The latest version of Apple’s mobile operating system includes a massive visual overhaul, but there’s plenty of new features under the hood too.
At their annual developers’ conference in June this year Apple finally unveiled iOS 7: the most dramatic visual overhaul of the company’s mobile operating system in its six year history.
Starting from tomorrow the new software will roll out onto Apple’s devices, though only from the latest models onwards, starting from the iPhone 4, iPad 2 and latest generation iPod. In addition, iOS 7 will of course be available on the new iPhone models – the 5S and 5C – from their release date on 20 September.
The update is a big change for Apple; firstly in terms of design language (it’s ‘out with skeuomorphs’ and ‘in with flat design’, as the parlance goes) but also corporate responsibility (this is the first iOS overseen by Jony Ive, previously Apple’s lead industrial designer).
Here’s a run down of the big changes headed to an iThing near you:
The new look
Although the new look of iOS has been covered pretty exhaustively. it’s safe to say that the design is a simpler iOS.
Versions 1 through 6 of the operating system embraced 3D effects from textures to drop shadows, and those inimitable skeuomorphs (‘metaphorical’ bits of design that refer back to older consumer products – think the leather stitching on Apple’s diary), but iOS 7 has dropped these in favour of flat, colourful icons and layered design.
The control center is key to introducing ‘layers’ to iOS 7; you can swipe it up at any time, with the ‘frosted glass’ effect reminding you you’re only a step away from whatever you were previously doing.
One of the most obvious new layers in navigating iOS 7 is the control center (accessed by swiping up from the bottom of the screen at any time) a long-needed addition to Apple’s smartphones. Android users have had quick access to toggled settings (Wi-Fi, Airplane mode and Bluetooth for example) for a while now, though Apple is expanding with sliders for volume and brightness, basic music controls and quick access to the camera.
Building on this greater sense of control is an improved approach to multi-tasking (again, some might note, a long-time Android strength) including the ability to double-click on the home button to bring up full-page previews of your currently running apps.
A subtler subtle change is how the new iOS will handle data downloads, with users now offered the option to trigger automatic data downloads from messages and emails instead of having to wait till the moment you load the relevant app. Downloads are also lumped together and only start when you’re in a good signal area – saving your phone’s battery by having it fruitlessly searching for non-existent data connections.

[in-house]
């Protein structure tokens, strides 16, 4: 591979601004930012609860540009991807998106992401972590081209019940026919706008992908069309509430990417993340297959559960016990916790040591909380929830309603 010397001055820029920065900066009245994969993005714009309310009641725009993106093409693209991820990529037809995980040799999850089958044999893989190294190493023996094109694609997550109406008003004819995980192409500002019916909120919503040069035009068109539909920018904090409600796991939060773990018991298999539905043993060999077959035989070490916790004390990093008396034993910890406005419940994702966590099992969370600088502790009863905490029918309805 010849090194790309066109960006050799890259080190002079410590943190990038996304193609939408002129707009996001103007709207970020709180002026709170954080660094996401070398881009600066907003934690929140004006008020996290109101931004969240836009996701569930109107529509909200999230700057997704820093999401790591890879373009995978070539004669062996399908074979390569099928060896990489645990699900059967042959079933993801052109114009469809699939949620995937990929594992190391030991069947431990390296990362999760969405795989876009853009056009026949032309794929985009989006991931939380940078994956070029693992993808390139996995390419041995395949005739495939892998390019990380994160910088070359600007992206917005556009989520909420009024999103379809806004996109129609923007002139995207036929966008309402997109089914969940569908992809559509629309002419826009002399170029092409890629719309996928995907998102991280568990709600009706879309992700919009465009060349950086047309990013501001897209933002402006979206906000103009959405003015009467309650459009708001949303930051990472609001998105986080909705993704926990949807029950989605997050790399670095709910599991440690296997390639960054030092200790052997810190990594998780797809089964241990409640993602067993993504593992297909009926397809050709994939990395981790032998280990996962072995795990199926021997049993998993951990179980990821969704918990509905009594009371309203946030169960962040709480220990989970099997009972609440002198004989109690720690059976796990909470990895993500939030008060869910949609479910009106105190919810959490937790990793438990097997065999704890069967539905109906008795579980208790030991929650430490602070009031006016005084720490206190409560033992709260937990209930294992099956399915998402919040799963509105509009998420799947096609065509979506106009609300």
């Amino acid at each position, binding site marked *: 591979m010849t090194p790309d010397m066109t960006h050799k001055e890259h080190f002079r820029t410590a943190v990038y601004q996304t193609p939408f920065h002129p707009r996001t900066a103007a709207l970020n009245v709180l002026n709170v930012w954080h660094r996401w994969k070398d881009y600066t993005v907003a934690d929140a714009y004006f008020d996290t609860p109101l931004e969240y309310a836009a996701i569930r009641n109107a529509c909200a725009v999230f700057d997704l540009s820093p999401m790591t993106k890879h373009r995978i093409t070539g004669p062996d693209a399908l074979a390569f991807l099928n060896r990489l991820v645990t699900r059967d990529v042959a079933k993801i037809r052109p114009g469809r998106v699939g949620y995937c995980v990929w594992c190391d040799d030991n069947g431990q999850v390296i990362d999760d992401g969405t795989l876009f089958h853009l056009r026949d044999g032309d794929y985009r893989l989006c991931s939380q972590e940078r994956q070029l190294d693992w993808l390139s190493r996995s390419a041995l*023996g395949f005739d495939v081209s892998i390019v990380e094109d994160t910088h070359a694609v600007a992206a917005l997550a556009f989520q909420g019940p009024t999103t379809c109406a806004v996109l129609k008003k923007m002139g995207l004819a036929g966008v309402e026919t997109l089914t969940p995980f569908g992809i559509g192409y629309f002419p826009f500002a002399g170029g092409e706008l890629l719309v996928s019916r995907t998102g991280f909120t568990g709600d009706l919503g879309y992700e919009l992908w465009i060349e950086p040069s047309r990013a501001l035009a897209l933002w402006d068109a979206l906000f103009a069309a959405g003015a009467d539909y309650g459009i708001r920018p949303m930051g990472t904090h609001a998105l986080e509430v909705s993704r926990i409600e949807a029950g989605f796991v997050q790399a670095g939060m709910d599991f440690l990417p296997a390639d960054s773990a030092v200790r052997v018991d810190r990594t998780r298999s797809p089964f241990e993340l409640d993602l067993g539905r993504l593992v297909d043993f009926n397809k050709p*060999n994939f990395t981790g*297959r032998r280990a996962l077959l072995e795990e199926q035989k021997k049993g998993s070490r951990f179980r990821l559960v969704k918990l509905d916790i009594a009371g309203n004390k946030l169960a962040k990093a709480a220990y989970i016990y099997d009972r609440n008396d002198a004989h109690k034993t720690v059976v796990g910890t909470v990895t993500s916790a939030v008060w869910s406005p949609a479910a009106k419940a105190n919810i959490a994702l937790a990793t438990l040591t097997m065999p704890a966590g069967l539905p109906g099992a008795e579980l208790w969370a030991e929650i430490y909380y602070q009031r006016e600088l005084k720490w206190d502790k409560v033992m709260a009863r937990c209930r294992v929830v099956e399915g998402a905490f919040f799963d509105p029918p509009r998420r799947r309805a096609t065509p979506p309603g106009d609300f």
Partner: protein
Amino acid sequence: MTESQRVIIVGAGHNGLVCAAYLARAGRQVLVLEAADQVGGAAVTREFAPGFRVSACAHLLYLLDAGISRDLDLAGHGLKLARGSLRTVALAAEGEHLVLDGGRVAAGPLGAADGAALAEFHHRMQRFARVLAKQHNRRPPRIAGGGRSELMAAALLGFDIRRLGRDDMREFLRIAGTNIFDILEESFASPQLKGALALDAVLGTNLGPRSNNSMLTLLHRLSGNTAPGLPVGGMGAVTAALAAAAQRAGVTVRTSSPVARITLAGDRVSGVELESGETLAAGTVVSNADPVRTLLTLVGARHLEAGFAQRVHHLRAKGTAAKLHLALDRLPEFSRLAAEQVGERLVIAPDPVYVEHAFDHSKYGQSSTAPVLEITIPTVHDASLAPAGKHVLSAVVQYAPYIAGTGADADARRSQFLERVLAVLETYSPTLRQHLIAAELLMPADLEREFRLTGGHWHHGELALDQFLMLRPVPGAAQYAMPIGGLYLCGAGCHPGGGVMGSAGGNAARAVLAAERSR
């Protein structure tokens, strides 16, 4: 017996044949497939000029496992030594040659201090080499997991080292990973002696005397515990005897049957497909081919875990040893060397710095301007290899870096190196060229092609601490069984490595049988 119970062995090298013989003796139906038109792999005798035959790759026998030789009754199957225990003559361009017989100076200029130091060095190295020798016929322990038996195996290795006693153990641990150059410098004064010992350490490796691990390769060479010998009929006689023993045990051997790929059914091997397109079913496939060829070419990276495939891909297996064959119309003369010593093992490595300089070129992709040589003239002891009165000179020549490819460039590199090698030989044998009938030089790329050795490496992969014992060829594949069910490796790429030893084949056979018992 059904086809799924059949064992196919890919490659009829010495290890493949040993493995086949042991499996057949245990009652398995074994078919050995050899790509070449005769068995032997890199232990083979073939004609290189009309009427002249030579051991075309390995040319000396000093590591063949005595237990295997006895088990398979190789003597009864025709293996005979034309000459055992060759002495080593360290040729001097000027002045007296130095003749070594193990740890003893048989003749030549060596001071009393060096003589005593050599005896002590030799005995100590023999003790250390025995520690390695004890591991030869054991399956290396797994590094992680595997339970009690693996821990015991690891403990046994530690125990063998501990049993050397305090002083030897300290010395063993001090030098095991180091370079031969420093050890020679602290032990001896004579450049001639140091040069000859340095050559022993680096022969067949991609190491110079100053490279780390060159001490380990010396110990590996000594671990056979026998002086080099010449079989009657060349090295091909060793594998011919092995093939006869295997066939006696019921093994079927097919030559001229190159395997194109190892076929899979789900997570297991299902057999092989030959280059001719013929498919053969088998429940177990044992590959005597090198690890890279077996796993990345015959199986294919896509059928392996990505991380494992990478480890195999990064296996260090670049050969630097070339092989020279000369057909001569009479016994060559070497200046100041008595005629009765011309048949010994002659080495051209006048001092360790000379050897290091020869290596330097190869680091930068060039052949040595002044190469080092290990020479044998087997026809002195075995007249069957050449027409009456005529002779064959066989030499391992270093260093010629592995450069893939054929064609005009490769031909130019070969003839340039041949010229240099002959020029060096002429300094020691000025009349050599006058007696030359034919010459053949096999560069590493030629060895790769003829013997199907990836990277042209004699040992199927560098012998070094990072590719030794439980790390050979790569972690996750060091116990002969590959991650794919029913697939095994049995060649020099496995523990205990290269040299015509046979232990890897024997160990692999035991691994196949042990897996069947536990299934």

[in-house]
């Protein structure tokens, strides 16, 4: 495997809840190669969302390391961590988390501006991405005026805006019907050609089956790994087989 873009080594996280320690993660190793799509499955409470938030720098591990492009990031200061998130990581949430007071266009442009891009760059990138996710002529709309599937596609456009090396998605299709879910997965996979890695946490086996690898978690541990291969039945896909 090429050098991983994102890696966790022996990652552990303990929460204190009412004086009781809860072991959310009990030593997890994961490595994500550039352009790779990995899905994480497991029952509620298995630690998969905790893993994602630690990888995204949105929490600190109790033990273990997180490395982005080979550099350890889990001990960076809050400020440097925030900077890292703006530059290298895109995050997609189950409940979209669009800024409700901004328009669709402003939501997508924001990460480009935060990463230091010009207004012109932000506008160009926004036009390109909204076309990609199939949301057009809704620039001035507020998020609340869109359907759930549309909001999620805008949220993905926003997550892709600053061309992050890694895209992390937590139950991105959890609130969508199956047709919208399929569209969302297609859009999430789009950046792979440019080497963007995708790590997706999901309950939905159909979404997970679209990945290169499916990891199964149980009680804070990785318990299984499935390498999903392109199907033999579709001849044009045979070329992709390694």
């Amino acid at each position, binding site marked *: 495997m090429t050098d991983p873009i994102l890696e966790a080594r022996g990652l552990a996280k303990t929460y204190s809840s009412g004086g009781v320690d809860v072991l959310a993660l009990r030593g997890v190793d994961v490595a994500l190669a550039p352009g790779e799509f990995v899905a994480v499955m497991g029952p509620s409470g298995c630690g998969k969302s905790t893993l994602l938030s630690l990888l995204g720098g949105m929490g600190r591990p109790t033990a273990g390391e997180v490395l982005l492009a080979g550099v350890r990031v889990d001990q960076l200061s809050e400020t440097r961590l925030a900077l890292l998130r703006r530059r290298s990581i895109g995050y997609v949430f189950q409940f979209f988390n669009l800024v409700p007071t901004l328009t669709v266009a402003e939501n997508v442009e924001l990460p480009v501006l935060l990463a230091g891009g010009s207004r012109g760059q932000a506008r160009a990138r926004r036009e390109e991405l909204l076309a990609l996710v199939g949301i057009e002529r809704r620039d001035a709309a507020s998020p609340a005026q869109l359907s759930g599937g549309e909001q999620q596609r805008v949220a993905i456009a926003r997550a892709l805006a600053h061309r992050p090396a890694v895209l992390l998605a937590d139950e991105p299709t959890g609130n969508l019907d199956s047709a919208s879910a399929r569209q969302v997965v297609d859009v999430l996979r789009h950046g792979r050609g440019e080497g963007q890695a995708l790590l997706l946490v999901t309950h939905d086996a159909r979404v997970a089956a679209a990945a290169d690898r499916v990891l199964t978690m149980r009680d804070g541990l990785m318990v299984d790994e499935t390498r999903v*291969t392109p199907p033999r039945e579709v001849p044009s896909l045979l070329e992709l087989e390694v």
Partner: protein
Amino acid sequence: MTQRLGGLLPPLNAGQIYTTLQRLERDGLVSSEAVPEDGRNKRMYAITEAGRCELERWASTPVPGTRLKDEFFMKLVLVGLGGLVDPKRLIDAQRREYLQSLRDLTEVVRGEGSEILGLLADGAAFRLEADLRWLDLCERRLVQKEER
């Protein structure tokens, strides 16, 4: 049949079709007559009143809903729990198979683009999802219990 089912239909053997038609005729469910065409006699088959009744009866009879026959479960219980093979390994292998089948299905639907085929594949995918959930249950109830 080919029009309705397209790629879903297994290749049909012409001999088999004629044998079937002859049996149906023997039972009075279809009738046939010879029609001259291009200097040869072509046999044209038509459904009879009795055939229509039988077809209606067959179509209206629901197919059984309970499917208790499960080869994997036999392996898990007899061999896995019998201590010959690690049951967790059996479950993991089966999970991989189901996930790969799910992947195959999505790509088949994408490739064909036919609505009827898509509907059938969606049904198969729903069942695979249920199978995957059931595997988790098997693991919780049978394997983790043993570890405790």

The overhauled Photos app – with the new automatic albums on the left and the redesigned camera interface on the right.
Better photos, better photo albums
As with the overall look of iOS 7 the camera app has had a striking makeover, with a new minimalist black and white layout and its own all-caps font. Users can now take pics in a suspiciously Instagram-like manner, with filters built as well as a square-format offered (I would excuse Apple for this by saying that you can’t really patent a square – but Apple did try to patent a square with rounded corners).
Other software changes include the addition of Moments, Collections and Years for the Photo app – automatic groupings of your photos that will create albums that match, say, a day and a location so you get all the pics from your weekend trip to Brighton in one place.
The real changes to the camera though will take the latest iPhone to unlock. The 5S offers HD video recording at 120 frames per second and slow-mo playback; a burst capture mode that takes up to 10 frames a second; and True Tone flash – a dual amber and white LED flash that makes for more accurate colours and natural-looking skin tones.
The re-designed Safari includes better navigation through tabs and pages, as well as a new Smart Search field (to auto-complete search terms) and an iCloud Keychain, to store all your passwords in one place.
Going on a web Safari
Apple’s in-house browser Safari does pretty terribly in terms of market-share on desktops and laptops, but it’s always been one of the best – if not the best – mobile browser. Along with the rest of the OS it too gets a visual update, with new minimalist icons for navigation, but there are also changes to how you manage tabs and bookmarks.
In recognition of the complex multi-tasking users now demand from their mobiles the Safari browser is no longer limited to eight tabs, and switching between windows has been revamped with a 3D scrolling effect. Bookmarks get the best changes though; with a new function that collates updates from Twitter streams and the like, meaning you don’t have to keep switching about with your apps.
This list is a pretty brief one but it does indicate that iOS 7 is more than just a visual makeover, it’s a fantastic update of the iOS system. And this is without even mentioning a wide array of other changes including Siri updates (male and female voices! Integrated Wikipedia and twitter results!); the introduction of iOS in the Car (though we’ll have to wait for manufacturers to really integrate this better); and the launch of iTunes radio (a free streaming music service to rival Spotify, Rdio and the like). Basically, if you’re waiting for the update, I’d say yes, this is a fine time to get excited.
And of course, the update will also be coming to iPads and iPad minis.